Rheumatoid arthritis and back pain
Rheumatoid arthritis (RA) most commonly affects peripheral joints such as those in your hands, wrists, feet, elbows, ankles, and hips. People with this immune disorder often also experience back pain.
If you have RA, back pain can result from your body’s immune system attacking the synovial lining of the small joints of your spine. In advanced cases, this can even lead to compression of the spinal cord and nerve roots. When this happens, you can experience moderate to severe pain.
Keep reading to learn about short-term treatments for back pain and long-term back pain management steps.
Back pain: acute vs. chronic
Before looking at treatments for your back pain, you’ll need to know if you have acute or chronic back pain.
Acute back pain is usually a result of straining your back. It can be treated with medication and usually will get better over time. Exercise isn’t recommended.
Chronic back pain is different. It’s a long-term problem caused by conditions like RA. It can be treated in a number of ways, and exercise can be beneficial.
1. Hot and cold treatments for symptom relief
Hot and cold packs can’t treat the underlying causes of back pain, but they can help to reduce the pain and stiffness you feel during a flare-up.
Use a heat pack to help improve blood flow and reduce muscle spasms. It can also help make your pain more manageable.
Use a cold pack to help reduce RA inflammation. Cold packs may feel uncomfortable at first, but they can numb pain.
Medication can be an effective way of controlling chronic back pain. The type of medication you’ll need depends on how severe the pain is and how often you experience it.
A variety of medications can alleviate pain and even slow the progression of RA:
Managing your pain is an important part of learning to live with a chronic back problem. Analgesics, or painkillers, are one way of easing back pain. Over-the-counter drugs like aspirin may be enough to manage mild pain.
Your doctor can prescribe stronger medications for pain relief, if you need it. However, narcotic medications like oxycodone (Roxycodone, Oxaydo) should be used cautiously for chronic diseases to avoid the risk of dependency. There are other medications that can treat both your pain as well as the underlying inflammation.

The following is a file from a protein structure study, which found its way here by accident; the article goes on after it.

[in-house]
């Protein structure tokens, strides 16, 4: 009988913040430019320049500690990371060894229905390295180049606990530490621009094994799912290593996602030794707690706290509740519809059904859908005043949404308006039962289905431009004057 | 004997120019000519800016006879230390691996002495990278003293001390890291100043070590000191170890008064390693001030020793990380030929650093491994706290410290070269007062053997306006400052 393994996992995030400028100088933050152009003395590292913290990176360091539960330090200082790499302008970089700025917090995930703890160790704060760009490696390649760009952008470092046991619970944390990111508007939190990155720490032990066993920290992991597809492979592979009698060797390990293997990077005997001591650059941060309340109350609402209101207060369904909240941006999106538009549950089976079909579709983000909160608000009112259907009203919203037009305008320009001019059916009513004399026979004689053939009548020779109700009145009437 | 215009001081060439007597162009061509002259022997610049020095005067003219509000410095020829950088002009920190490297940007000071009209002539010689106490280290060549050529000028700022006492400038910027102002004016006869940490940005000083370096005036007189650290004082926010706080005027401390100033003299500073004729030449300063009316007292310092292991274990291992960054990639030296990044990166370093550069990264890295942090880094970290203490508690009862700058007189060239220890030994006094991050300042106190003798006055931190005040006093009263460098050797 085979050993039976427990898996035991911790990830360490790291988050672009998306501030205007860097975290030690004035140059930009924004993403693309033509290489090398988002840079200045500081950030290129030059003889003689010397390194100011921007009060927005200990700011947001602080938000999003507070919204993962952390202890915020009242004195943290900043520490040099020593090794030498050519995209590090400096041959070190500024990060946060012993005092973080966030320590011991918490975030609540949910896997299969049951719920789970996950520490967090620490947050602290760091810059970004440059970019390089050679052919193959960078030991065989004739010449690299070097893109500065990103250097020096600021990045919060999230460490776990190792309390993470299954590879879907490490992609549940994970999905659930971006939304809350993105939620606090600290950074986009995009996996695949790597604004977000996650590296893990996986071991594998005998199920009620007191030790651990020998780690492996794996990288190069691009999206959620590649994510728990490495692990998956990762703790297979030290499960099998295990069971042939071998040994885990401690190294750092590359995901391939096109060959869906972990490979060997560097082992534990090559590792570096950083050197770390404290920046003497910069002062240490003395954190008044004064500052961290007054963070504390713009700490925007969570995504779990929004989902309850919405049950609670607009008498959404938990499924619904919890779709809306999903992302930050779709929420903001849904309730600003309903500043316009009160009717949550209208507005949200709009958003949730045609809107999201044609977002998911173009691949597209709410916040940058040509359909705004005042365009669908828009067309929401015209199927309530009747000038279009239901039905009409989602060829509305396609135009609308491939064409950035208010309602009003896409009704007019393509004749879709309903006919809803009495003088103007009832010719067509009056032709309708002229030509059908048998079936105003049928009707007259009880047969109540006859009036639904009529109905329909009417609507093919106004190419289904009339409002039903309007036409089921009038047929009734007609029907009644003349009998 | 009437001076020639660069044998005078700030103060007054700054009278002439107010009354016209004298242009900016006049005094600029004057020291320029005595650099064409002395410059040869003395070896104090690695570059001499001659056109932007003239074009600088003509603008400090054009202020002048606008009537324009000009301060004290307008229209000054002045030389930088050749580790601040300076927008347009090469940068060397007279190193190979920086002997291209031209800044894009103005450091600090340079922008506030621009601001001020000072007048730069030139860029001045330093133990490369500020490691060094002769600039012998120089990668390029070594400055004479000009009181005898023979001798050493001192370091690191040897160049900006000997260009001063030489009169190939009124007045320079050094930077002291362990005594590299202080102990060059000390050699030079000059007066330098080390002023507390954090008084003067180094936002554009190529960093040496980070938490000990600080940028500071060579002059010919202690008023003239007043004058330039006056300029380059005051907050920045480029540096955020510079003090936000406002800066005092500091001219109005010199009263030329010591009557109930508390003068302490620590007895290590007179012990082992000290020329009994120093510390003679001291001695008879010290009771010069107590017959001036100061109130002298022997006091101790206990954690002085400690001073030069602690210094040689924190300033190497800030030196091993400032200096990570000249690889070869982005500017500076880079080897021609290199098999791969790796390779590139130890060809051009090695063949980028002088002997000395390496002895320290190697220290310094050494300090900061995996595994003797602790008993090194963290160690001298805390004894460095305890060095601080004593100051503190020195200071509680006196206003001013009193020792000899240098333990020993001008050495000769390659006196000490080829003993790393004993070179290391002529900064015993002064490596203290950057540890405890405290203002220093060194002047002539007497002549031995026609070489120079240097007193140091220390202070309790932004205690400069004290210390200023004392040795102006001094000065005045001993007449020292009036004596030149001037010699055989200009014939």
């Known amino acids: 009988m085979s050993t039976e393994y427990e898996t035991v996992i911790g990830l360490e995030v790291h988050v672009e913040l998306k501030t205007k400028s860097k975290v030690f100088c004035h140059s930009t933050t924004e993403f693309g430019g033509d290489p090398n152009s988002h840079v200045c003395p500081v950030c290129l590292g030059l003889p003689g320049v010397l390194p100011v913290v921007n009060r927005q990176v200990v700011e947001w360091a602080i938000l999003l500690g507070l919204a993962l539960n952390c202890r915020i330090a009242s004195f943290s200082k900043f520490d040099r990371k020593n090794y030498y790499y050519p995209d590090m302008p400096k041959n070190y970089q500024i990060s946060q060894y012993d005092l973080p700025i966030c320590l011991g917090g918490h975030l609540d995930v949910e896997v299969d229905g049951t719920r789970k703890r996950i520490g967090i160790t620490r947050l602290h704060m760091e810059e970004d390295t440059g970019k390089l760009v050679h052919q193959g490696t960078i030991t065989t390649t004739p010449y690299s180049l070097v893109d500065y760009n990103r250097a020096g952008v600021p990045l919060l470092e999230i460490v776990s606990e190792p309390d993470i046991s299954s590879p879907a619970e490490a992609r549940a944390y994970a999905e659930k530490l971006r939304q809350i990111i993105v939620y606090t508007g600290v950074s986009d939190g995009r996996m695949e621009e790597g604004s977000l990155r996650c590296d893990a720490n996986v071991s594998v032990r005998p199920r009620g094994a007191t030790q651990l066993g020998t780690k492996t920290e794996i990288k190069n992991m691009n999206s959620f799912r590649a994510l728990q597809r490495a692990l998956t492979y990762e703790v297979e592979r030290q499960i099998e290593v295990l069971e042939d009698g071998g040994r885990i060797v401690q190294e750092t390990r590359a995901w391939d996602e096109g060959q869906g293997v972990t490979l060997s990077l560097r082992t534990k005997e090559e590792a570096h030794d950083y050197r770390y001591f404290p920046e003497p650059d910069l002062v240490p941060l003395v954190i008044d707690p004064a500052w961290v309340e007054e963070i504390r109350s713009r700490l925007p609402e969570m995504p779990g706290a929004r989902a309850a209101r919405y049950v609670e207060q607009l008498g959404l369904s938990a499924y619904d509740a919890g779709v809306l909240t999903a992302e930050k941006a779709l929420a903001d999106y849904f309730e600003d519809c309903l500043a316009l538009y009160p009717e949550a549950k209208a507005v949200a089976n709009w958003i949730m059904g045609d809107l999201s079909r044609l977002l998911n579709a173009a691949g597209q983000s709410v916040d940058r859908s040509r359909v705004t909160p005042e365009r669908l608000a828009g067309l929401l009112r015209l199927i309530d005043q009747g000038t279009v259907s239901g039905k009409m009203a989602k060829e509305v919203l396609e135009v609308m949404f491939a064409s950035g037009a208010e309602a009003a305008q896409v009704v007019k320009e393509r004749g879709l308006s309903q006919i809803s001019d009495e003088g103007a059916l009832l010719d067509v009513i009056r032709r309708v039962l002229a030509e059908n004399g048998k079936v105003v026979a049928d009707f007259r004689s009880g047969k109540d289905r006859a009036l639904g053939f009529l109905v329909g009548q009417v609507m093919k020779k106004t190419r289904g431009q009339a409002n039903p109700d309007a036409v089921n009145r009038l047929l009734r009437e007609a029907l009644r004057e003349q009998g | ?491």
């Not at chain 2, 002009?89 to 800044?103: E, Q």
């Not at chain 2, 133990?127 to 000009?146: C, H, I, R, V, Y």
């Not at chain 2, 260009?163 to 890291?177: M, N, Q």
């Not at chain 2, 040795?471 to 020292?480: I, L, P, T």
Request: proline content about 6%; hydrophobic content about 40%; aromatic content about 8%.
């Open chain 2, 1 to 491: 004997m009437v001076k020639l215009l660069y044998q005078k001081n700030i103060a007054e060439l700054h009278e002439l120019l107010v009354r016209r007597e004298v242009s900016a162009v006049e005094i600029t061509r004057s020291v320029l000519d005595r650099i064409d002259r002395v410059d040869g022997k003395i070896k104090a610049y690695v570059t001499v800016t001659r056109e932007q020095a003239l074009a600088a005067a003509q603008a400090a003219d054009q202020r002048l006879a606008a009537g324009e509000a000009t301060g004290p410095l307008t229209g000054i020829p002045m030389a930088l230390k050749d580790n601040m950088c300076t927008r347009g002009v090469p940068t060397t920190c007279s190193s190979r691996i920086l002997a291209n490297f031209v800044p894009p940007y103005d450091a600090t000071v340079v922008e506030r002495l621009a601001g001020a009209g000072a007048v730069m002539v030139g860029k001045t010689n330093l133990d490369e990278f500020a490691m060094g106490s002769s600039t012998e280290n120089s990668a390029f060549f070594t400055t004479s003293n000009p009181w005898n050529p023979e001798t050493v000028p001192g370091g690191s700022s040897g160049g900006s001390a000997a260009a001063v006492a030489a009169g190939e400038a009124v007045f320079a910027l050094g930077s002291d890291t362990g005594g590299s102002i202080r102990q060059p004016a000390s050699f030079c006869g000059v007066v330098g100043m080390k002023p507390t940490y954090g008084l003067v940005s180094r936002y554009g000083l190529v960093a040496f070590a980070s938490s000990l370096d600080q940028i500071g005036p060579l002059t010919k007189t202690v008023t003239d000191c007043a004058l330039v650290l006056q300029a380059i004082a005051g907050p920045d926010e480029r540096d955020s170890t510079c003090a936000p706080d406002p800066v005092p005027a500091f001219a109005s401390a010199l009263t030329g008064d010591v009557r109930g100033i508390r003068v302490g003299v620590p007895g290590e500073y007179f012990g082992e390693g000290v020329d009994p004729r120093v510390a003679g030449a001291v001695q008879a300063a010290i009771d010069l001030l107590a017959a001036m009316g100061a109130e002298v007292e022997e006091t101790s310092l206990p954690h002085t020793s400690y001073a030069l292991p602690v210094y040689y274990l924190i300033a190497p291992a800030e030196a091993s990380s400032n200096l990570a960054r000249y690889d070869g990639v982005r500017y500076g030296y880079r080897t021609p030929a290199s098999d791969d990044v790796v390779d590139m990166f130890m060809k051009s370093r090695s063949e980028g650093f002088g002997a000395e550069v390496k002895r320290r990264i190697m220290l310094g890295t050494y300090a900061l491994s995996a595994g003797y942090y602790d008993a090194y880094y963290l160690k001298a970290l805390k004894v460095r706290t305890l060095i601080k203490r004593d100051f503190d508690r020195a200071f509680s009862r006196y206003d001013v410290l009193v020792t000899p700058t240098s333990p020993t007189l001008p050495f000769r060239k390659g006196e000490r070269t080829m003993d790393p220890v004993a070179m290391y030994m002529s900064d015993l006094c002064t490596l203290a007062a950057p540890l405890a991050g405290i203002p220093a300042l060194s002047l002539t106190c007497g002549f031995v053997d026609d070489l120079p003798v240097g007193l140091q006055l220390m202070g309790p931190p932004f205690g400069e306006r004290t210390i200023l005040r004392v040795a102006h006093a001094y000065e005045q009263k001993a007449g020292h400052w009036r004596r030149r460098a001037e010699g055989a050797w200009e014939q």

Non-steroidal anti-inflammatory drugs
Non-steroidal anti-inflammatory drugs (NSAIDs) can soothe pain and inflammation. Anti-inflammatory treatments are helpful because they reduce swelling. This eases pressure on your back and helps make movement easier.
Ibuprofen (Advil, Motrin IB) and naproxen (EC-Naprosyn) are two NSAIDs that are often prescribed. NSAIDs may cause side effects, such as stomach bleeding. Your doctor will be able to help you decide if NSAIDs are right for you based on your medical history.
Disease-modifying antirheumatic drugs
Disease-modifying antirheumatic drugs (DMARDs) are prescribed to help soothe pain and slow the progression of RA. They can help stop future pain flare-ups. A commonly prescribed DMARD is methotrexate.
DMARDs work by blocking chemicals that are released when antibodies attack joint tissue. This prevents further damage to your bones and cartilage.
DMARDs can cause many side effects, such as:
- skin rashes
- liver damage
- abnormal white blood cell counts, leading to infection
Your doctor can help you manage these side effects if they occur.
A spinal injection can be a quick way to relieve chronic back pain. It usually means injecting a corticosteroid or anesthetic into the nerve region that’s being affected by RA inflammation.
The effects of a spinal injection can last for weeks or even months. Corticosteroids may cause other health problems like weight gain and osteoporosis. For this reason, your doctor may suggest you wait several months for your next injection.
3. Back surgery for chronic pain
Surgery is usually a last resort for back pain treatment. Still, it can be very effective in helping to ease chronic back pain.
For example, your doctor may recommend a “fusion” procedure: This involves cutting out the diseased joint and bonding the vertebrae together, decreasing mobility. In some cases, this will alleviate the pain in that area.
Realigning and stabilizing your spine to ease pressure on your spine’s nerves is another approach. This can lessen pain and even improve mobility.
4. Chronic back pain support therapy
A range of therapies can help support your back pain treatment. For instance, physiotherapy could improve your flexibility and muscle strength.
Occupational therapy might also be useful. This kind of therapy teaches you joint protection strategies. An example might be how to pick up and carry objects without causing back pain.
Chiropractic therapy usually isn’t recommended for people with RA who are experiencing back pain.
5. Self-care through gentle exercise
Appropriate exercise can help take pressure off of your back and keep joints supple if you’re experiencing chronic back pain due to RA. Exercise also helps maintain overall body health.
The National Institute of Arthritis and Musculoskeletal and Skin Diseases recommends exercises like walking and stretching to help ward off back pain. Activities like tai chi and water-based exercises like swimming or water aerobics also can be helpful.
Always consult a doctor before starting any fitness program for your back pain.
If you have RA and think you have chronic back pain, seek the advice of your doctor. They’ll be able to help you find the right treatment for your particular condition, whether that means short-term solutions like ice packs and medications or long-term pain management strategies like physiotherapy or an appropriate exercise plan.